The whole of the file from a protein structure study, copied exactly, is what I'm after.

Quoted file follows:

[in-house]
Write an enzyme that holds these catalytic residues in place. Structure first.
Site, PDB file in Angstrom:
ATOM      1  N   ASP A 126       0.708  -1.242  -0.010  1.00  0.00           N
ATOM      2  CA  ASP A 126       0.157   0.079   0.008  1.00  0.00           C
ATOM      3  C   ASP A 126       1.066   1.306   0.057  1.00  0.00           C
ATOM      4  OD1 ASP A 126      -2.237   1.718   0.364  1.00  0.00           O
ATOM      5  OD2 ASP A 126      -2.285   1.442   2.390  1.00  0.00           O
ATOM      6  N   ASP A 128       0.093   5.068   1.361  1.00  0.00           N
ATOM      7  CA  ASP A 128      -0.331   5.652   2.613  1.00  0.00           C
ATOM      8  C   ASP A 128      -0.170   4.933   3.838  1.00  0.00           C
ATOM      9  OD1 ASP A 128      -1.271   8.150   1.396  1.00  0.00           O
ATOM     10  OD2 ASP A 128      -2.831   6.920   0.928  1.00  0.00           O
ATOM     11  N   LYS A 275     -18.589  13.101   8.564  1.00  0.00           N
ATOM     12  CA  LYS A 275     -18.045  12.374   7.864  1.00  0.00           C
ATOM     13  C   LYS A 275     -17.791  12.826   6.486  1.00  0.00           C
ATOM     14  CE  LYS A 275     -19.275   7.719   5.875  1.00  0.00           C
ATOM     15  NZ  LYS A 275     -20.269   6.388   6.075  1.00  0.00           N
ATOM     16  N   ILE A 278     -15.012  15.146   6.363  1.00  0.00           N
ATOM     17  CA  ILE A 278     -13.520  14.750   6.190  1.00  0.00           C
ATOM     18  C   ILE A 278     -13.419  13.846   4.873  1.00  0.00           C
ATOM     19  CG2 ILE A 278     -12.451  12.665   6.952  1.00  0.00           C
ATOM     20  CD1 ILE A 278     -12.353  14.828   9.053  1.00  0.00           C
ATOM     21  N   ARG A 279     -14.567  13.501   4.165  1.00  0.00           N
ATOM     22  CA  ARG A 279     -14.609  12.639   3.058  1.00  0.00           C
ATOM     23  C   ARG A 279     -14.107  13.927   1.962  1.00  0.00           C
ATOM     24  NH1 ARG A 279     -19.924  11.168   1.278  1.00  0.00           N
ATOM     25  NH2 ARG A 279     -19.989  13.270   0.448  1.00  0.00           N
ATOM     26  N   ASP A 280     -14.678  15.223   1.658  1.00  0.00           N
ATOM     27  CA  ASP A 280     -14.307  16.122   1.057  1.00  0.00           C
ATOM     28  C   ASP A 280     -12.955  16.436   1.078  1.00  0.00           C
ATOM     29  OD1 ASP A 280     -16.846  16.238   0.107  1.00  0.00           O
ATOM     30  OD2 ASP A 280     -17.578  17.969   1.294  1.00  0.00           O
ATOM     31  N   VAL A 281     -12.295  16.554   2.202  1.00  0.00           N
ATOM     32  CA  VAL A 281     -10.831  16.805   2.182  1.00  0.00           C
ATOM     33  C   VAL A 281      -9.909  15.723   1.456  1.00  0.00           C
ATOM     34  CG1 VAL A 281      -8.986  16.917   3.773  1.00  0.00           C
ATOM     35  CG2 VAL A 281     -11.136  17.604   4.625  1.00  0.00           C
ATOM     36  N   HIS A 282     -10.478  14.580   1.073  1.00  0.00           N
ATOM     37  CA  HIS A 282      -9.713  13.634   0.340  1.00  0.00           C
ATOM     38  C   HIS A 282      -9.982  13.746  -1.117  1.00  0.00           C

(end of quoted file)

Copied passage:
[in-house]
Write an enzyme that holds these catalytic residues in place. Structure first.
Site, PDB file in Angstrom:
ATOM      1  N   ASP A 126       0.708  -1.242  -0.010  1.00  0.00           N
ATOM      2  CA  ASP A 126       0.157   0.079   0.008  1.00  0.00           C
ATOM      3  C   ASP A 126       1.066   1.306   0.057  1.00  0.00           C
ATOM      4  OD1 ASP A 126      -2.237   1.718   0.364  1.00  0.00           O
ATOM      5  OD2 ASP A 126      -2.285   1.442   2.390  1.00  0.00           O
ATOM      6  N   ASP A 128       0.093   5.068   1.361  1.00  0.00           N
ATOM      7  CA  ASP A 128      -0.331   5.652   2.613  1.00  0.00           C
ATOM      8  C   ASP A 128      -0.170   4.933   3.838  1.00  0.00           C
ATOM      9  OD1 ASP A 128      -1.271   8.150   1.396  1.00  0.00           O
ATOM     10  OD2 ASP A 128      -2.831   6.920   0.928  1.00  0.00           O
ATOM     11  N   LYS A 275     -18.589  13.101   8.564  1.00  0.00           N
ATOM     12  CA  LYS A 275     -18.045  12.374   7.864  1.00  0.00           C
ATOM     13  C   LYS A 275     -17.791  12.826   6.486  1.00  0.00           C
ATOM     14  CE  LYS A 275     -19.275   7.719   5.875  1.00  0.00           C
ATOM     15  NZ  LYS A 275     -20.269   6.388   6.075  1.00  0.00           N
ATOM     16  N   ILE A 278     -15.012  15.146   6.363  1.00  0.00           N
ATOM     17  CA  ILE A 278     -13.520  14.750   6.190  1.00  0.00           C
ATOM     18  C   ILE A 278     -13.419  13.846   4.873  1.00  0.00           C
ATOM     19  CG2 ILE A 278     -12.451  12.665   6.952  1.00  0.00           C
ATOM     20  CD1 ILE A 278     -12.353  14.828   9.053  1.00  0.00           C
ATOM     21  N   ARG A 279     -14.567  13.501   4.165  1.00  0.00           N
ATOM     22  CA  ARG A 279     -14.609  12.639   3.058  1.00  0.00           C
ATOM     23  C   ARG A 279     -14.107  13.927   1.962  1.00  0.00           C
ATOM     24  NH1 ARG A 279     -19.924  11.168   1.278  1.00  0.00           N
ATOM     25  NH2 ARG A 279     -19.989  13.270   0.448  1.00  0.00           N
ATOM     26  N   ASP A 280     -14.678  15.223   1.658  1.00  0.00           N
ATOM     27  CA  ASP A 280     -14.307  16.122   1.057  1.00  0.00           C
ATOM     28  C   ASP A 280     -12.955  16.436   1.078  1.00  0.00           C
ATOM     29  OD1 ASP A 280     -16.846  16.238   0.107  1.00  0.00           O
ATOM     30  OD2 ASP A 280     -17.578  17.969   1.294  1.00  0.00           O
ATOM     31  N   VAL A 281     -12.295  16.554   2.202  1.00  0.00           N
ATOM     32  CA  VAL A 281     -10.831  16.805   2.182  1.00  0.00           C
ATOM     33  C   VAL A 281      -9.909  15.723   1.456  1.00  0.00           C
ATOM     34  CG1 VAL A 281      -8.986  16.917   3.773  1.00  0.00           C
ATOM     35  CG2 VAL A 281     -11.136  17.604   4.625  1.00  0.00           C
ATOM     36  N   HIS A 282     -10.478  14.580   1.073  1.00  0.00           N
ATOM     37  CA  HIS A 282      -9.713  13.634   0.340  1.00  0.00           C
ATOM     38  C   HIS A 282      -9.982  13.746  -1.117  1.00  0.00           C